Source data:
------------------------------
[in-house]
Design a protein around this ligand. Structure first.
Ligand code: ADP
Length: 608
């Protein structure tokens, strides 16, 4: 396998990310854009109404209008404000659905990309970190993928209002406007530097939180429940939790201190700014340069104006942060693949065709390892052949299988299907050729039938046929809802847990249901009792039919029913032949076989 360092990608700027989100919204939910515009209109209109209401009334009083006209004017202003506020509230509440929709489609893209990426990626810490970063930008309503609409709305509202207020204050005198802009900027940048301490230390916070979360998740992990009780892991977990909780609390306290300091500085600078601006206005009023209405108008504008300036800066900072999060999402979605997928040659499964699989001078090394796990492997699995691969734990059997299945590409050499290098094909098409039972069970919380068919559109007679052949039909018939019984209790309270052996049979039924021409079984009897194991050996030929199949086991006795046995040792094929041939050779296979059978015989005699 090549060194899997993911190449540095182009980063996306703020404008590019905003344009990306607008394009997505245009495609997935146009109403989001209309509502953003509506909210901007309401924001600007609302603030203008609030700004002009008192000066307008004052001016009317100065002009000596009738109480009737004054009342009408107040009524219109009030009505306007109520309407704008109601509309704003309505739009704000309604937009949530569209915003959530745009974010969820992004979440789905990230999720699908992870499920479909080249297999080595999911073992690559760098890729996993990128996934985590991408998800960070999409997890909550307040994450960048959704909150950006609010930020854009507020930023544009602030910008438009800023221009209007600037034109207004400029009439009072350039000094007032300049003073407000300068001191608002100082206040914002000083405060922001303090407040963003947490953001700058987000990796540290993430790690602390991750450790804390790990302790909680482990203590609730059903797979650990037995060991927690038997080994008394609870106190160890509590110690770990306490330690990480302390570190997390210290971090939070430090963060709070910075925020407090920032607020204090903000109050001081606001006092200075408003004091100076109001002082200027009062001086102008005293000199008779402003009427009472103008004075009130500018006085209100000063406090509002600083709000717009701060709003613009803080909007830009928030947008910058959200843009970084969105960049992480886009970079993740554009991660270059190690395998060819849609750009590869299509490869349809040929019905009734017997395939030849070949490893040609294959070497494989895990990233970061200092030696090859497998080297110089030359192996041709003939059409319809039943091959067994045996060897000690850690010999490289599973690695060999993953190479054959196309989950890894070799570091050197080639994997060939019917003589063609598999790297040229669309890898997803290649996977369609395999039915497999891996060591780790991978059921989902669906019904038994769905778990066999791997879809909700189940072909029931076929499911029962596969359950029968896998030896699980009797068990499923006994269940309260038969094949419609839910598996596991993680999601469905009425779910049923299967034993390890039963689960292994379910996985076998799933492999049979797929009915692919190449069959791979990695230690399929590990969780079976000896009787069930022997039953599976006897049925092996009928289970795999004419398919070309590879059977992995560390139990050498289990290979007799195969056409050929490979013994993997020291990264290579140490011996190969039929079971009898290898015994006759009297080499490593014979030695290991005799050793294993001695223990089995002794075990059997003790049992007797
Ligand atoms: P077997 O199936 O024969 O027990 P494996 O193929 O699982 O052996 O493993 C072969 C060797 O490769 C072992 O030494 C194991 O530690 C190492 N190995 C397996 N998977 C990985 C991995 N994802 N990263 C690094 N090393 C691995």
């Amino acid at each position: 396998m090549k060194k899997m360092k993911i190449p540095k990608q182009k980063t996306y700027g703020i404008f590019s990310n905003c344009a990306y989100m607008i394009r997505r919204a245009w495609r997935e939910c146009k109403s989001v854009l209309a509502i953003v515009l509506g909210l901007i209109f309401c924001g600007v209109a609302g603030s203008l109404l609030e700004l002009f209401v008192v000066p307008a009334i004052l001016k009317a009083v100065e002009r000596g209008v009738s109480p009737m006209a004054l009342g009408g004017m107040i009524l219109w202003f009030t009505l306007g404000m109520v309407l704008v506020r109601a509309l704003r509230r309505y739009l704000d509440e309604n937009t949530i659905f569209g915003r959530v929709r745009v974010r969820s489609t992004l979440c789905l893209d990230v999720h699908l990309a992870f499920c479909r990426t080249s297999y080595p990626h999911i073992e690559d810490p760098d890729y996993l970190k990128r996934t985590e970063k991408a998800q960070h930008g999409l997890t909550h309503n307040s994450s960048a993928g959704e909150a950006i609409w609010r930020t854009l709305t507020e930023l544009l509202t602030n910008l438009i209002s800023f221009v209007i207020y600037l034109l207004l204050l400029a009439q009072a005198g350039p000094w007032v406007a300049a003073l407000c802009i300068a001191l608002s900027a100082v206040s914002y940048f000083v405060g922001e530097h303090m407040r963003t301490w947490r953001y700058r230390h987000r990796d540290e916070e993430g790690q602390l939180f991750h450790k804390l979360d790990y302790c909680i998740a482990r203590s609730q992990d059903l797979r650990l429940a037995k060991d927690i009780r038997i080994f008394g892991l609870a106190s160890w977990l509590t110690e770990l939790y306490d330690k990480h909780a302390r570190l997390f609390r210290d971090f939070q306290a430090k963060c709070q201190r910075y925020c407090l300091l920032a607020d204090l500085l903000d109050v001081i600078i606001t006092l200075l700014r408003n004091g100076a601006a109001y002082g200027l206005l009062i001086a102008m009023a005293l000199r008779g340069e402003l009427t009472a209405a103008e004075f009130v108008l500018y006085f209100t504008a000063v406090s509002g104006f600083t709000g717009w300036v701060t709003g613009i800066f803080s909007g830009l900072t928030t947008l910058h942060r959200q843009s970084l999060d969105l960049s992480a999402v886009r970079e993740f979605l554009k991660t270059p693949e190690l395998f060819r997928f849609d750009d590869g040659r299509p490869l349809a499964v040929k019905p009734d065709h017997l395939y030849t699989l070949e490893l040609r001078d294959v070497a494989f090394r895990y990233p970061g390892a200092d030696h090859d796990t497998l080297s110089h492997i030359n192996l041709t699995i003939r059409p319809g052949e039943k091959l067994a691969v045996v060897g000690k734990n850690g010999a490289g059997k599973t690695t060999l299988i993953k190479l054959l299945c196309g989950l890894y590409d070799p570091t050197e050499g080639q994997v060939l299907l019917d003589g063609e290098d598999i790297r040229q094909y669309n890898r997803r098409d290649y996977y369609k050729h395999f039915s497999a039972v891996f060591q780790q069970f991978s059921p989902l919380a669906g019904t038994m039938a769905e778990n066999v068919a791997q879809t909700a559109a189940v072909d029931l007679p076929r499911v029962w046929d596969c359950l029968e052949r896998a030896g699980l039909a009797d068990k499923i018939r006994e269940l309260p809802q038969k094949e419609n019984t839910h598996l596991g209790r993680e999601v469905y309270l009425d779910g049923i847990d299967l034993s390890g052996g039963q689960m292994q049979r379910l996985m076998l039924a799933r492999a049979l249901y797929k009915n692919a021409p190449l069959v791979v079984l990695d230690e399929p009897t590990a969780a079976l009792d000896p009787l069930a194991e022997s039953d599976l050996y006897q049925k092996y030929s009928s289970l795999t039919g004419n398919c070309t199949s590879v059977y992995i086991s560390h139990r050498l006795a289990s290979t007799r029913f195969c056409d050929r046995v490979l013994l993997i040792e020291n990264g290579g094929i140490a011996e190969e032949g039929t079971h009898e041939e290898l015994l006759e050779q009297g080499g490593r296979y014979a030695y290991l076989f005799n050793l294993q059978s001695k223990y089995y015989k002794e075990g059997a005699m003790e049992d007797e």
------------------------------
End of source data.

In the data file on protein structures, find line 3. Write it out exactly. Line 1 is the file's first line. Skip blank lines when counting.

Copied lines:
Ligand code: ADP